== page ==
Working remotely is the dream of many employees. But often, it’s not as easy as it sounds. Sometimes, it can be even worse than working at a traditional office. It all comes down to how you structure and organize your remote work.
Working Remotely: Here are the experts’ tips
We’ve asked 21 experts who’ve been working remotely for a long time about their #1 tip on working remotely. Here’s what they’ve told us:
#1 Separate Work and LIfe
When you are working remotely make sure you separate your work and life balance. It’s easy to let work carry into your personal life, especially if end up working remotely from your home. I recommend working out of a coffee shop, or a co-working station. But, if you do work from home, be sure to create a designated work area and once you leave that area work is finished.
If you don’t do this, it will start to break you down mentally. You’ll find you are constantly thinking about work, and it will become your whole life. This is mentally exhausting and should be avoided at all costs.
Sean Pour, Co-Founder at SellMax
#2 Organize Your Work
I currently split my time between being in-person in the office and working remotely from my home. Because my commute extends in excess of an hour each way, I attempt to strike a balance by splitting my time between working face-to-face on days filled with meetings and working remotely on more individual tasks. I’ve found meeting face-to-face provides for a more productive discourse and better clarity on actions items whereas working alone allows for less distraction and better productivity.
When working remotely, I make a conscious decision to write down my daily to do items to make sure I stay organized and on track for accomplishing my deliverables. Because remote work can leave you at home, I need to wall myself off from my personal life. I attempt to work for specified amounts of time and minimize distractions around me. This usually includes wearing headphones with music as I would at work or regularly exchanging e-mails with coworkers to remain engaged. This latter point is also important because I work collaboratively across multiple work teams and need to make myself available despite not being at the office.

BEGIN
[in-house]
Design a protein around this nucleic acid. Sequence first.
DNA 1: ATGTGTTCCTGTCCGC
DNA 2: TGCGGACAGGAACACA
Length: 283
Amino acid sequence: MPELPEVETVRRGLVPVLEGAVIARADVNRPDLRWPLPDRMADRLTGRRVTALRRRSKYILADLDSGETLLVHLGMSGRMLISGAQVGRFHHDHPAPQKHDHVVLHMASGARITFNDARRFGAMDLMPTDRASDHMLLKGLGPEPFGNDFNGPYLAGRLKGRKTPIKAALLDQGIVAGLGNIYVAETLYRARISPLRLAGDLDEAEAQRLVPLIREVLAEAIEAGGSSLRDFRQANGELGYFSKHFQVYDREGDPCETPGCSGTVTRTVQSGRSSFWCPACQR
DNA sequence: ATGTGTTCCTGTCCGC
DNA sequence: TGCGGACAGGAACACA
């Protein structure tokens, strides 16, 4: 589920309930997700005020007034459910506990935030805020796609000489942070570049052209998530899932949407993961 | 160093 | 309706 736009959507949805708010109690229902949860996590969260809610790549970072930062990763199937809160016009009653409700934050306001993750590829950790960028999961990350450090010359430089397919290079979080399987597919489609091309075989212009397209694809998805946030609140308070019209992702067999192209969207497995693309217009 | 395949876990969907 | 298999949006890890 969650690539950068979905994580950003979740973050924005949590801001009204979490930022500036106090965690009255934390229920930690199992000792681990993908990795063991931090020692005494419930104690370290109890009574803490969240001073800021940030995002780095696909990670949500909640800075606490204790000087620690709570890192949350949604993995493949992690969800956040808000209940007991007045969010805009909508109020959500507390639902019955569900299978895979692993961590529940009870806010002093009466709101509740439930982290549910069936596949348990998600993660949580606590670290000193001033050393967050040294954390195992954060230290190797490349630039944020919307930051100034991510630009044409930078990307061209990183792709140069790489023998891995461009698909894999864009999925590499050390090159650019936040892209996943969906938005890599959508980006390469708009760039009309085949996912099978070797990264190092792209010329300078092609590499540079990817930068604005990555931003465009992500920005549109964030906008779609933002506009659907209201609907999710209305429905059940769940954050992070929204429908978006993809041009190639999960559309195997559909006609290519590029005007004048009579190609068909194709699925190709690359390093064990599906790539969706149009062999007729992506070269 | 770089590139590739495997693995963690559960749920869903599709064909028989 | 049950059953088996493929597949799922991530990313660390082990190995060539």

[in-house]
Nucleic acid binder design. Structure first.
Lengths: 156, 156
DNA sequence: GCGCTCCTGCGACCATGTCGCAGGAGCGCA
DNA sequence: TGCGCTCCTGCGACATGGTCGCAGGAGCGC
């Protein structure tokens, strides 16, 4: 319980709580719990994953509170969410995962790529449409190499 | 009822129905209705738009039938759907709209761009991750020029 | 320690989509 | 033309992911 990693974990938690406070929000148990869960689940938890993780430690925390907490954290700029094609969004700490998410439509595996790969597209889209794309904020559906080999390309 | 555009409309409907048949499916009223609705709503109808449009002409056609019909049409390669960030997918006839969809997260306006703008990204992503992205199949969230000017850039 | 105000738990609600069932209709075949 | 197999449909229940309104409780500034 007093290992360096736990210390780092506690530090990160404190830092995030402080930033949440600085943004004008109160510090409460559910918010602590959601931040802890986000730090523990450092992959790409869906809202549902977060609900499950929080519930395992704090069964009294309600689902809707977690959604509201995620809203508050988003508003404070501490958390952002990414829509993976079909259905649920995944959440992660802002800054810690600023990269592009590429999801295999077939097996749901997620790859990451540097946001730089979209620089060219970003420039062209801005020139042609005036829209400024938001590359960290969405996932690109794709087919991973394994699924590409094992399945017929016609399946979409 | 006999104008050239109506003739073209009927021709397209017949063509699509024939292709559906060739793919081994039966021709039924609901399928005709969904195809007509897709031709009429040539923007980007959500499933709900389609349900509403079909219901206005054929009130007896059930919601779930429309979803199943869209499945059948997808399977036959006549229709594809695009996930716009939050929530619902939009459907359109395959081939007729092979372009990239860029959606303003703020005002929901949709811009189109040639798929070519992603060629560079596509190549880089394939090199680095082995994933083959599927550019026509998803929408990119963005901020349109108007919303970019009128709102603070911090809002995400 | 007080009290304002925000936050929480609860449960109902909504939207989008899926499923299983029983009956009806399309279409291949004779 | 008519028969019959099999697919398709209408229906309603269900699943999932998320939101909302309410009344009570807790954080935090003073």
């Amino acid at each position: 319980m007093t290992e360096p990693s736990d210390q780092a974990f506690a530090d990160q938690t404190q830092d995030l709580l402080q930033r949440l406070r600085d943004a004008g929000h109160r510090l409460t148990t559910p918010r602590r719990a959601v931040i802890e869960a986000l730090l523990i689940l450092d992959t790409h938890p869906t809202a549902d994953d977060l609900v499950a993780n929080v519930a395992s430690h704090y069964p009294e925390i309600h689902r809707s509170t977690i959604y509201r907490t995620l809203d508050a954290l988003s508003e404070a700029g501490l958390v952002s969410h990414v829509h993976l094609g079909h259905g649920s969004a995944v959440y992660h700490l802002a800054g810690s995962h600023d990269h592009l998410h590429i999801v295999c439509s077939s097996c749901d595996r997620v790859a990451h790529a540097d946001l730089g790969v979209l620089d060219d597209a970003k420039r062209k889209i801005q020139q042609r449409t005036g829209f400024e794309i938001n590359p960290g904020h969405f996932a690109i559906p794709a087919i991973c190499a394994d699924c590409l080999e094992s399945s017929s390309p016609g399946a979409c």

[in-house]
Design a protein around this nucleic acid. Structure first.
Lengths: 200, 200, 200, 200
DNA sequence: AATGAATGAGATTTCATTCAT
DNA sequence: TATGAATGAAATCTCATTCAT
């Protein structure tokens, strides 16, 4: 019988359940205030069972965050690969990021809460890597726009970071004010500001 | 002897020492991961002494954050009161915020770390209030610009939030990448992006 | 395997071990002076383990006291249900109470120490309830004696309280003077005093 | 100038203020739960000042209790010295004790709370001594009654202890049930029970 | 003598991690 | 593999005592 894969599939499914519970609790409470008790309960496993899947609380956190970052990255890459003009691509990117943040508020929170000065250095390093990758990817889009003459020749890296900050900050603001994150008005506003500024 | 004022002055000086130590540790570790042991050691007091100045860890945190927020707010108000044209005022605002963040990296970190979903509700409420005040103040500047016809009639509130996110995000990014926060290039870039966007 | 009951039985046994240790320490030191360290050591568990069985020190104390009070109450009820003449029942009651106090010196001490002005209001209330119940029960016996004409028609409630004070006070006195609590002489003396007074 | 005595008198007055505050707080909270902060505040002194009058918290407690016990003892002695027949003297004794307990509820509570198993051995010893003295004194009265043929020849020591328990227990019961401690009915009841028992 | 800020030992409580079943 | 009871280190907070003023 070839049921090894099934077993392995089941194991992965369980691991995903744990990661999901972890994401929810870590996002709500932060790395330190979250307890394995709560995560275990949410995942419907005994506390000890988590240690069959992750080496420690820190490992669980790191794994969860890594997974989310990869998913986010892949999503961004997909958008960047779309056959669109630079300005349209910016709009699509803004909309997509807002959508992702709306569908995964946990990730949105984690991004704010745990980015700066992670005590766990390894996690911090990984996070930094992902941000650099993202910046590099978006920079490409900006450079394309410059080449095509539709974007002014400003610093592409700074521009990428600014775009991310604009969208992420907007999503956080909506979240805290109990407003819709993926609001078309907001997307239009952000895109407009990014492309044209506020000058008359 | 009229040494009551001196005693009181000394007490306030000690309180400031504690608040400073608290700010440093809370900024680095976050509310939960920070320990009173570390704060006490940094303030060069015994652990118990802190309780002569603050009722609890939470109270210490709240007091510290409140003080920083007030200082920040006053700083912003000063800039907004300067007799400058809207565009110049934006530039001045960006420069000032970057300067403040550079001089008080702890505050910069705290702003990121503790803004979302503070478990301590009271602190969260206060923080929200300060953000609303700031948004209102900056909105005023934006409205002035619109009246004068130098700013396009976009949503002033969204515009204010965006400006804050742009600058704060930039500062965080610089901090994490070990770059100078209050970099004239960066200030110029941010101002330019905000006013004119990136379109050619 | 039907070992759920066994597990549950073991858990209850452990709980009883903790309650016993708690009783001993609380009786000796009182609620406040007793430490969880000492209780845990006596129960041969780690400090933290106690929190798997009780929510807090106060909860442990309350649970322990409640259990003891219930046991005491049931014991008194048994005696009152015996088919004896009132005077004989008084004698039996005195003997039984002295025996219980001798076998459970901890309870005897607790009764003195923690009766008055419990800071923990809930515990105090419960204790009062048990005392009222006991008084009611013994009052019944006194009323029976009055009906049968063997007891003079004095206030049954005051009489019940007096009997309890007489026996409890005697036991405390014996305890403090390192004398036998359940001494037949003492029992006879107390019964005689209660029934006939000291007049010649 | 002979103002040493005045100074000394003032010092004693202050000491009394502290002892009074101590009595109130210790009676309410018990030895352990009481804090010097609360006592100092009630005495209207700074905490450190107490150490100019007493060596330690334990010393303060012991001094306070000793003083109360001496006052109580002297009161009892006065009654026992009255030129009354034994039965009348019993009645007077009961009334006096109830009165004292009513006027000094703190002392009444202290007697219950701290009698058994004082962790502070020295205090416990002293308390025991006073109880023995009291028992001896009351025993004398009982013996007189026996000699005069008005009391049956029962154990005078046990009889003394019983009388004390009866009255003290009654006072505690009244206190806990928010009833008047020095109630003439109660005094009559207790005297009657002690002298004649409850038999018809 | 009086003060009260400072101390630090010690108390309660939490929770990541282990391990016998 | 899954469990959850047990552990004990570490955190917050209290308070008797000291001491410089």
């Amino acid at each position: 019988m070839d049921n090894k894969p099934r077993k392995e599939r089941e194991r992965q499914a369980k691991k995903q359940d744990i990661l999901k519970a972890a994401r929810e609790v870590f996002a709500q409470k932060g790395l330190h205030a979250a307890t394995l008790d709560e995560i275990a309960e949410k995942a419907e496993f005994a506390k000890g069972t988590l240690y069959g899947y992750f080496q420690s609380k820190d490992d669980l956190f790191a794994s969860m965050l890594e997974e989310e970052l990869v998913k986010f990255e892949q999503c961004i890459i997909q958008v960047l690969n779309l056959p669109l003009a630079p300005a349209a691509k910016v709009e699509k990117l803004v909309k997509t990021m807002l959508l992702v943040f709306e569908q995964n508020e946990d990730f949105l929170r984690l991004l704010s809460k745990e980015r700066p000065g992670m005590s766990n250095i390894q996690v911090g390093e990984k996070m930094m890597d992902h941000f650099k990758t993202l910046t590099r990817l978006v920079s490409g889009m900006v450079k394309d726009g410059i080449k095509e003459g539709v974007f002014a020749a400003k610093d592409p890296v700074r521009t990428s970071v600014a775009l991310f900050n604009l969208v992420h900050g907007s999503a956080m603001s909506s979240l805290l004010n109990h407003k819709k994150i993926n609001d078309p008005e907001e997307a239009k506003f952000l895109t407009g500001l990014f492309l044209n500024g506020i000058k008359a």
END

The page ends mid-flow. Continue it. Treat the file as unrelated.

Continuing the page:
Riley Adams, Blogger at Young and the Invested
#3 Maintain Boundaries with Family and Friends
My tip for working remotely is to maintain boundaries with family and friends. Maybe it seems obvious, but since I’ve been working from home, I’ve noticed a climb in request creep. You know, that neighbor who sees you are home a lot so therefore it will be no trouble for you to clean their multiple cats’ litter box while they go abroad for two weeks. Or that relative who figures you have a flexible schedule so you are the perfect person to take them for their colonscopy.
Or, my personal favorite, get assigned messenger duty whereby you are tapped to be held hostage by the delivery guy.
So yeah, at some point, you will need to have The Talk with those you care about and let them know that just because you are working from home, doesn’t’ mean you are NOT working.
Lisa Richter, Marketing and Communications Professional and Podcast Host